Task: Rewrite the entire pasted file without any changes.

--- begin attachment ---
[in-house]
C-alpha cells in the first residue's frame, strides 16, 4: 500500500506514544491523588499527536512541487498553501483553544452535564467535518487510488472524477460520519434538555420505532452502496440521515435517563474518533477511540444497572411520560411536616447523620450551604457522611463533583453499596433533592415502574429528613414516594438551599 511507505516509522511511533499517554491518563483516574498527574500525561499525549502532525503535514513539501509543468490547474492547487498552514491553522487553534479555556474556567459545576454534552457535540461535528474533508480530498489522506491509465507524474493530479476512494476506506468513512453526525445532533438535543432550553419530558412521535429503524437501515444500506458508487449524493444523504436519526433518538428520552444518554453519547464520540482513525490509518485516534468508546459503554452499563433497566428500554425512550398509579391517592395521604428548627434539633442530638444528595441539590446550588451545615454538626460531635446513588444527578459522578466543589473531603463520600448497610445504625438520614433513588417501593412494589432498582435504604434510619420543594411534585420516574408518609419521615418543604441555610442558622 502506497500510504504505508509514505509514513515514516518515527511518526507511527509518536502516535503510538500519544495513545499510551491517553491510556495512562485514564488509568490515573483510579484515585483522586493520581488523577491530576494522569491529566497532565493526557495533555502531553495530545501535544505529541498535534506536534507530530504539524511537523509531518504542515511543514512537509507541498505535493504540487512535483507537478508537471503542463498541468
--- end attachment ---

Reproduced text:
[in-house]
C-alpha cells in the first residue's frame, strides 16, 4: 500500500506514544491523588499527536512541487498553501483553544452535564467535518487510488472524477460520519434538555420505532452502496440521515435517563474518533477511540444497572411520560411536616447523620450551604457522611463533583453499596433533592415502574429528613414516594438551599 511507505516509522511511533499517554491518563483516574498527574500525561499525549502532525503535514513539501509543468490547474492547487498552514491553522487553534479555556474556567459545576454534552457535540461535528474533508480530498489522506491509465507524474493530479476512494476506506468513512453526525445532533438535543432550553419530558412521535429503524437501515444500506458508487449524493444523504436519526433518538428520552444518554453519547464520540482513525490509518485516534468508546459503554452499563433497566428500554425512550398509579391517592395521604428548627434539633442530638444528595441539590446550588451545615454538626460531635446513588444527578459522578466543589473531603463520600448497610445504625438520614433513588417501593412494589432498582435504604434510619420543594411534585420516574408518609419521615418543604441555610442558622 502506497500510504504505508509514505509514513515514516518515527511518526507511527509518536502516535503510538500519544495513545499510551491517553491510556495512562485514564488509568490515573483510579484515585483522586493520581488523577491530576494522569491529566497532565493526557495533555502531553495530545501535544505529541498535534506536534507530530504539524511537523509531518504542515511543514512537509507541498505535493504540487512535483507537478508537471503542463498541468